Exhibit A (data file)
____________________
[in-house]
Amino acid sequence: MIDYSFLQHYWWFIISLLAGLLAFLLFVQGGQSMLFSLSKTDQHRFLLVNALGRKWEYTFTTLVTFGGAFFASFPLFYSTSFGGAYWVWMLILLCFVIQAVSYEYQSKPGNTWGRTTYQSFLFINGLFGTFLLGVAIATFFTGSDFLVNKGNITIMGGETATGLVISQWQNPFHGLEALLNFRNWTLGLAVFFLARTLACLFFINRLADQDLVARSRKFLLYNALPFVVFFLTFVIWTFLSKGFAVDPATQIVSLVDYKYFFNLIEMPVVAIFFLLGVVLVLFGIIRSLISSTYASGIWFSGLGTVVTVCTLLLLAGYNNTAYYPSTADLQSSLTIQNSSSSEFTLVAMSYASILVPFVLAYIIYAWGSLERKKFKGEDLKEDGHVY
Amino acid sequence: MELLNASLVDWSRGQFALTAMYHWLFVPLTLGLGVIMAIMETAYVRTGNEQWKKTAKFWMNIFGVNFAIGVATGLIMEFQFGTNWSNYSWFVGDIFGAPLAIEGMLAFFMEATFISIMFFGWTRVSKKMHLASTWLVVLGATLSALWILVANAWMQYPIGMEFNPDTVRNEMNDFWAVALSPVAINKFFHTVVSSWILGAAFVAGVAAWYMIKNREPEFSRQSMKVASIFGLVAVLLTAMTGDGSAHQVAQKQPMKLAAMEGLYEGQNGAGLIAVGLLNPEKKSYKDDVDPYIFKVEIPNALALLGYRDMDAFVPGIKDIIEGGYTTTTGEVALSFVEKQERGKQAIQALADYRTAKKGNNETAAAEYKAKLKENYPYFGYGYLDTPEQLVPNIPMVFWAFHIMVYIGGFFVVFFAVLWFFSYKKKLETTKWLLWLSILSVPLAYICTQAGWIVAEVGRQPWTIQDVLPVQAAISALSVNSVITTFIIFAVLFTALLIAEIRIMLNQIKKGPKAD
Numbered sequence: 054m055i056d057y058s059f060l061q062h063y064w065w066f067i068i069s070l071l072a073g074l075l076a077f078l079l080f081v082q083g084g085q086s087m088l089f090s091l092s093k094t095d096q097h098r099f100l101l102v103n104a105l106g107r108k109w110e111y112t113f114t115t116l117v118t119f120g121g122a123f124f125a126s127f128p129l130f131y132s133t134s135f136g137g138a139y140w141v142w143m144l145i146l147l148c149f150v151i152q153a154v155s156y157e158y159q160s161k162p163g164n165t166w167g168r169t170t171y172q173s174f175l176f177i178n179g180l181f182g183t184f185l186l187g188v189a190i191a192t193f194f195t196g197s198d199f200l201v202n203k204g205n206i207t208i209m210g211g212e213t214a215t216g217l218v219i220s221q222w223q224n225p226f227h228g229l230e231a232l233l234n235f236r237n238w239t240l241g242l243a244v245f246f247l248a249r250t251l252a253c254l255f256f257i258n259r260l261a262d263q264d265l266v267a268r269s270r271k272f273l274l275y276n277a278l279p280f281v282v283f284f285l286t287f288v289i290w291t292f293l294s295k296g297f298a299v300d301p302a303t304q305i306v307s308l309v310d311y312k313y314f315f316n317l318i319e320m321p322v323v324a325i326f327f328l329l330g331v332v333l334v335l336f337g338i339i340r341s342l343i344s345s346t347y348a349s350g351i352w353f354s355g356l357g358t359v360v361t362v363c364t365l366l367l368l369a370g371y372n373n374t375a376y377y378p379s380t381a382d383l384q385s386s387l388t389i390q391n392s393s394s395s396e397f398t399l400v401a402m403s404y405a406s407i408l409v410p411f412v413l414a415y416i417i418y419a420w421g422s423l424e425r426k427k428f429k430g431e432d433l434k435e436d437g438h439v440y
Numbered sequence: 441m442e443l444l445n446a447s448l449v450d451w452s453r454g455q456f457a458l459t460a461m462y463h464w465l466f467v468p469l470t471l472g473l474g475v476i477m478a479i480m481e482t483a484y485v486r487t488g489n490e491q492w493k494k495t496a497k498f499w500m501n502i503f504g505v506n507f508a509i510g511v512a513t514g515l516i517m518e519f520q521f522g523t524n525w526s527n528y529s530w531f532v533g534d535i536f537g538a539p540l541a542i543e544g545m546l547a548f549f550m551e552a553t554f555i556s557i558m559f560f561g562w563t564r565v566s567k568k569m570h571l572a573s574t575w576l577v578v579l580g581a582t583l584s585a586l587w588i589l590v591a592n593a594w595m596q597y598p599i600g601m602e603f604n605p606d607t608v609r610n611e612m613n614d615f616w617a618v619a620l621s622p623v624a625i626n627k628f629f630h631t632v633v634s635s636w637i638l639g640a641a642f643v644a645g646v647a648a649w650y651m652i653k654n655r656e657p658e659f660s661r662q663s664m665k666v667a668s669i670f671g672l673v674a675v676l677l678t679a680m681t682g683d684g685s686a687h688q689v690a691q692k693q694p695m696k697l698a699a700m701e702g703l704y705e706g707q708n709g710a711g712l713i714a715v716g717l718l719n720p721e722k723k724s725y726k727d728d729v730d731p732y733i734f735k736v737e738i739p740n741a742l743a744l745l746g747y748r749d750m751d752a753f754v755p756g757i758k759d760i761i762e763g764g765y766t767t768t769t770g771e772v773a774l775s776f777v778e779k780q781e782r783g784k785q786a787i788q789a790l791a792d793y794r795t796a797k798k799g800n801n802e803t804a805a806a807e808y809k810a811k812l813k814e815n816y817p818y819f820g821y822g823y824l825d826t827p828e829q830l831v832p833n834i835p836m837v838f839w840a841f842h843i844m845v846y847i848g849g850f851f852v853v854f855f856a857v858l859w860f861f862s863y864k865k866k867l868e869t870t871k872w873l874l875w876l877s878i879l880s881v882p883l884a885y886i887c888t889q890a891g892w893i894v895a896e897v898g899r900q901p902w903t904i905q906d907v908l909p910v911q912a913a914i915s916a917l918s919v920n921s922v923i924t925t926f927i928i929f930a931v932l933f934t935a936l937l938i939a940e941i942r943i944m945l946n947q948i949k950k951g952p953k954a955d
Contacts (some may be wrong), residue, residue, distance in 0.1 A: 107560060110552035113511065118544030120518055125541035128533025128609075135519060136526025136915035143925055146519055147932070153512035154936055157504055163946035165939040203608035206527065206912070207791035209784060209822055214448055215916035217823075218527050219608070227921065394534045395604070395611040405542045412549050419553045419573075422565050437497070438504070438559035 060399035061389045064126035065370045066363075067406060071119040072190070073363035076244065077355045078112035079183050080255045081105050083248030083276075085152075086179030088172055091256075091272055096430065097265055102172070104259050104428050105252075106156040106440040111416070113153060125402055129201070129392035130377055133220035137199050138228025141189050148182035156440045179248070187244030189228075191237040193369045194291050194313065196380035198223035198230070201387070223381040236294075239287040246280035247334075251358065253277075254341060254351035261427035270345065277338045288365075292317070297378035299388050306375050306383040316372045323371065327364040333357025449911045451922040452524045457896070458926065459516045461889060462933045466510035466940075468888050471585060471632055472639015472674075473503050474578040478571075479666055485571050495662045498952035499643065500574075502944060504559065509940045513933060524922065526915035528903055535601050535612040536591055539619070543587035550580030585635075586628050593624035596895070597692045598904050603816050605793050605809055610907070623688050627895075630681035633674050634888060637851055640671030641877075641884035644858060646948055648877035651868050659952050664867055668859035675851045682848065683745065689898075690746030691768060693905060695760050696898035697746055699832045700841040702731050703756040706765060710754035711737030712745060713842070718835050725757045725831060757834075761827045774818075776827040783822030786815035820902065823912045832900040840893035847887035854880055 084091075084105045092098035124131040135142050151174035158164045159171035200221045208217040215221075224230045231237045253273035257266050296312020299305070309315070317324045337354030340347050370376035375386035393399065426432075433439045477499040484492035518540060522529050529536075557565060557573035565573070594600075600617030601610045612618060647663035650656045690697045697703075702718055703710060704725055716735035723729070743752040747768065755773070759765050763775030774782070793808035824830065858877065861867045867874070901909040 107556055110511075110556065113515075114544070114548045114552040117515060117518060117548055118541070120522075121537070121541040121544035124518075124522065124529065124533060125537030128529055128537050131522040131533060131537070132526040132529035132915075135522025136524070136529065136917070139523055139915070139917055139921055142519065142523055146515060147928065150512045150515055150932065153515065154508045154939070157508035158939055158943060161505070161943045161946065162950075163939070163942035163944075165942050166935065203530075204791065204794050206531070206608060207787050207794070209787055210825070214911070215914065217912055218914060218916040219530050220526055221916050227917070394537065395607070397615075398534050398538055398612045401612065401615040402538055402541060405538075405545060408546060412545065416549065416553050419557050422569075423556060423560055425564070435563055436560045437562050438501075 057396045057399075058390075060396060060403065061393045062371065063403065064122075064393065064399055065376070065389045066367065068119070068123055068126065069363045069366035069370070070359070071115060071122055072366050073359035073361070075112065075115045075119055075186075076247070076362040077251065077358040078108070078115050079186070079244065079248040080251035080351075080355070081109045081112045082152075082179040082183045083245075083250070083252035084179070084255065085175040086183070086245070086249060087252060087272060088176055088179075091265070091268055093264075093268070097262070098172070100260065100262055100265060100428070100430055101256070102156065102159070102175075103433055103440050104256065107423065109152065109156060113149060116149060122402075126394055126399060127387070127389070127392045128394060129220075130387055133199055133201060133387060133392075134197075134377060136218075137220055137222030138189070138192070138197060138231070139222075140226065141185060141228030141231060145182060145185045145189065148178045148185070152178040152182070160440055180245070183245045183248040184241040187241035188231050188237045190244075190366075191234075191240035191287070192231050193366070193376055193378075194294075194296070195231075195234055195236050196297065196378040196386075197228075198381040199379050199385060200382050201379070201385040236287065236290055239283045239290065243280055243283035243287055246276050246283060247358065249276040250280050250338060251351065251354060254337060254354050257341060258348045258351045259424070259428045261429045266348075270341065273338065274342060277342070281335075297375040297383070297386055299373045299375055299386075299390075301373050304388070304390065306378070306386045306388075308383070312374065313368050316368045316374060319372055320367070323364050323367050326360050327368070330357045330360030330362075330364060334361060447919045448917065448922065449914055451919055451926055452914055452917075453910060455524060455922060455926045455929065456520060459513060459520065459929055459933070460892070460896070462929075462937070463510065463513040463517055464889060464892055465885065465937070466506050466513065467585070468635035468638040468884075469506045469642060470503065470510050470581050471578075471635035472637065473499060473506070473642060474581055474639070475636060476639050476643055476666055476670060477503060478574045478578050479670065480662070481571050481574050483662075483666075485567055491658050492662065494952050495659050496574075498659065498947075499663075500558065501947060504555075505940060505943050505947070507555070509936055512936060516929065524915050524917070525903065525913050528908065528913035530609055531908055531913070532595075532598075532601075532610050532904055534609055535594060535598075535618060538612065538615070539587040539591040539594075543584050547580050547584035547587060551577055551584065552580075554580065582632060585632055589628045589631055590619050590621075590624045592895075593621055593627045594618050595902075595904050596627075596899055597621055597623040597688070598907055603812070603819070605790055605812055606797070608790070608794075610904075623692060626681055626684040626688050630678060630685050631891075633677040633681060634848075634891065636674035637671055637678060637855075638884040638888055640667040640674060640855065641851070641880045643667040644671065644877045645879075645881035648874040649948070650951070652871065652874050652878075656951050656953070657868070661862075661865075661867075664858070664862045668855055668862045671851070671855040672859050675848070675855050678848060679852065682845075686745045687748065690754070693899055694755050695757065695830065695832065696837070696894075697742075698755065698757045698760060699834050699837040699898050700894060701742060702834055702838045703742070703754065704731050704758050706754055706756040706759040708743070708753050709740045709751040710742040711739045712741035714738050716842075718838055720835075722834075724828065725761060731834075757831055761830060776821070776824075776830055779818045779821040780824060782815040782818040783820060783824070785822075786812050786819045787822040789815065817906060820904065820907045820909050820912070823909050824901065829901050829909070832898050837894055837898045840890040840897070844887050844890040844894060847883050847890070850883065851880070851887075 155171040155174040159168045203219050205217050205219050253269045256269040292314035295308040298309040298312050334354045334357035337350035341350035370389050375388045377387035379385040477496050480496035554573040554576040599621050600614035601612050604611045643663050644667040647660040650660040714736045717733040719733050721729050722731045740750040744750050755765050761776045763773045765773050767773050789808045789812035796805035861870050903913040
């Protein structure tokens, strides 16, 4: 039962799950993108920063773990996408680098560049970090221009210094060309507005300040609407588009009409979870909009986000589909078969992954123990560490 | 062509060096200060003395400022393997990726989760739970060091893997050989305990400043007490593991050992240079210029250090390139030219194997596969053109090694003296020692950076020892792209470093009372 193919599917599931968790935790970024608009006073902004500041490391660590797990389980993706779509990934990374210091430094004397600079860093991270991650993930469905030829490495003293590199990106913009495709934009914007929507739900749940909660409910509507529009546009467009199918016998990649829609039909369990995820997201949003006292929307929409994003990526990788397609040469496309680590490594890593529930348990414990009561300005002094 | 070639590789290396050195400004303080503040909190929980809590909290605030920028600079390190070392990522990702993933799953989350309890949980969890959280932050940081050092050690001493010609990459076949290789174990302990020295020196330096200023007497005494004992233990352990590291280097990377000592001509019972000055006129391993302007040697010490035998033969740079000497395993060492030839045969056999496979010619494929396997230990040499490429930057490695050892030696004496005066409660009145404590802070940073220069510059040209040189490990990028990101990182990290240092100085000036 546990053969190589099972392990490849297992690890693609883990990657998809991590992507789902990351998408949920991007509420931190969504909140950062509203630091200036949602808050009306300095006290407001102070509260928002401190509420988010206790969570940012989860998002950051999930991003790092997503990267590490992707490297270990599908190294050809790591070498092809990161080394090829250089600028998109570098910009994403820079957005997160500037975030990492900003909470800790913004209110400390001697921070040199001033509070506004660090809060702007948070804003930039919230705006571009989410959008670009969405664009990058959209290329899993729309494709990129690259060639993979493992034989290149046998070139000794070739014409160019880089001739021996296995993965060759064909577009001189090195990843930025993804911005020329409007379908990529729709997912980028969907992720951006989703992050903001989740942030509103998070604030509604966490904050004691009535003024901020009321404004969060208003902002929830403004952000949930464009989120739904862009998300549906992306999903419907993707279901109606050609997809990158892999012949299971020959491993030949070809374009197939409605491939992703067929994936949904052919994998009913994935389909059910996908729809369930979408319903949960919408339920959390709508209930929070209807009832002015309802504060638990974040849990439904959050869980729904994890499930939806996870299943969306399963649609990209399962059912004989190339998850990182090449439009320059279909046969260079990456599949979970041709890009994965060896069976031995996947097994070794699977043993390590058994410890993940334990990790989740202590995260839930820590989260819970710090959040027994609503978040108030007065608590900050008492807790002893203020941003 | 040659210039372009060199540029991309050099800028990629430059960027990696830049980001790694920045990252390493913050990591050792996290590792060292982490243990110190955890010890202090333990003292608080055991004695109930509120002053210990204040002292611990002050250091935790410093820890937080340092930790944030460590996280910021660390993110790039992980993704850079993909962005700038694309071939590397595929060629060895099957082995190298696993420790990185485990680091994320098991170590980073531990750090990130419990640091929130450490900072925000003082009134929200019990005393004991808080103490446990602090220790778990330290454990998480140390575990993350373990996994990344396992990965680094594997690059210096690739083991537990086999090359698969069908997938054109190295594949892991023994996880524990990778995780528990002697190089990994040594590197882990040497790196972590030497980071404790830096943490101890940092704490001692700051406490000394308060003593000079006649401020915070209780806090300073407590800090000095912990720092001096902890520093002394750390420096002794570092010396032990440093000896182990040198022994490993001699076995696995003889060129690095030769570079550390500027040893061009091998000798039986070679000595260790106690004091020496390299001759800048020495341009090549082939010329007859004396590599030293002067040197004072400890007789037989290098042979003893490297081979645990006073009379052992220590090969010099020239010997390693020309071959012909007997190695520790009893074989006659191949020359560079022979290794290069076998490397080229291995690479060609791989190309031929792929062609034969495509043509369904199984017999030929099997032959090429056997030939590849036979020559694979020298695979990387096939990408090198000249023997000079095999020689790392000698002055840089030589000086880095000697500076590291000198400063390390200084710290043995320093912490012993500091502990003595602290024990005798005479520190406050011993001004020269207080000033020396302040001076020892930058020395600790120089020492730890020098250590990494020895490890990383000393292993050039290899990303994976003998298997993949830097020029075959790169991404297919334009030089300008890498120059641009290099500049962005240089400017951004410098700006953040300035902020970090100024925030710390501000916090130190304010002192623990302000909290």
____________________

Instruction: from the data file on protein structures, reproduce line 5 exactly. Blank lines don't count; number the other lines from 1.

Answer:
Numbered sequence: 441m442e443l444l445n446a447s448l449v450d451w452s453r454g455q456f457a458l459t460a461m462y463h464w465l466f467v468p469l470t471l472g473l474g475v476i477m478a479i480m481e482t483a484y485v486r487t488g489n490e491q492w493k494k495t496a497k498f499w500m501n502i503f504g505v506n507f508a509i510g511v512a513t514g515l516i517m518e519f520q521f522g523t524n525w526s527n528y529s530w531f532v533g534d535i536f537g538a539p540l541a542i543e544g545m546l547a548f549f550m551e552a553t554f555i556s557i558m559f560f561g562w563t564r565v566s567k568k569m570h571l572a573s574t575w576l577v578v579l580g581a582t583l584s585a586l587w588i589l590v591a592n593a594w595m596q597y598p599i600g601m602e603f604n605p606d607t608v609r610n611e612m613n614d615f616w617a618v619a620l621s622p623v624a625i626n627k628f629f630h631t632v633v634s635s636w637i638l639g640a641a642f643v644a645g646v647a648a649w650y651m652i653k654n655r656e657p658e659f660s661r662q663s664m665k666v667a668s669i670f671g672l673v674a675v676l677l678t679a680m681t682g683d684g685s686a687h688q689v690a691q692k693q694p695m696k697l698a699a700m701e702g703l704y705e706g707q708n709g710a711g712l713i714a715v716g717l718l719n720p721e722k723k724s725y726k727d728d729v730d731p732y733i734f735k736v737e738i739p740n741a742l743a744l745l746g747y748r749d750m751d752a753f754v755p756g757i758k759d760i761i762e763g764g765y766t767t768t769t770g771e772v773a774l775s776f777v778e779k780q781e782r783g784k785q786a787i788q789a790l791a792d793y794r795t796a797k798k799g800n801n802e803t804a805a806a807e808y809k810a811k812l813k814e815n816y817p818y819f820g821y822g823y824l825d826t827p828e829q830l831v832p833n834i835p836m837v838f839w840a841f842h843i844m845v846y847i848g849g850f851f852v853v854f855f856a857v858l859w860f861f862s863y864k865k866k867l868e869t870t871k872w873l874l875w876l877s878i879l880s881v882p883l884a885y886i887c888t889q890a891g892w893i894v895a896e897v898g899r900q901p902w903t904i905q906d907v908l909p910v911q912a913a914i915s916a917l918s919v920n921s922v923i924t925t926f927i928i929f930a931v932l933f934t935a936l937l938i939a940e941i942r943i944m945l946n947q948i949k950k951g952p953k954a955d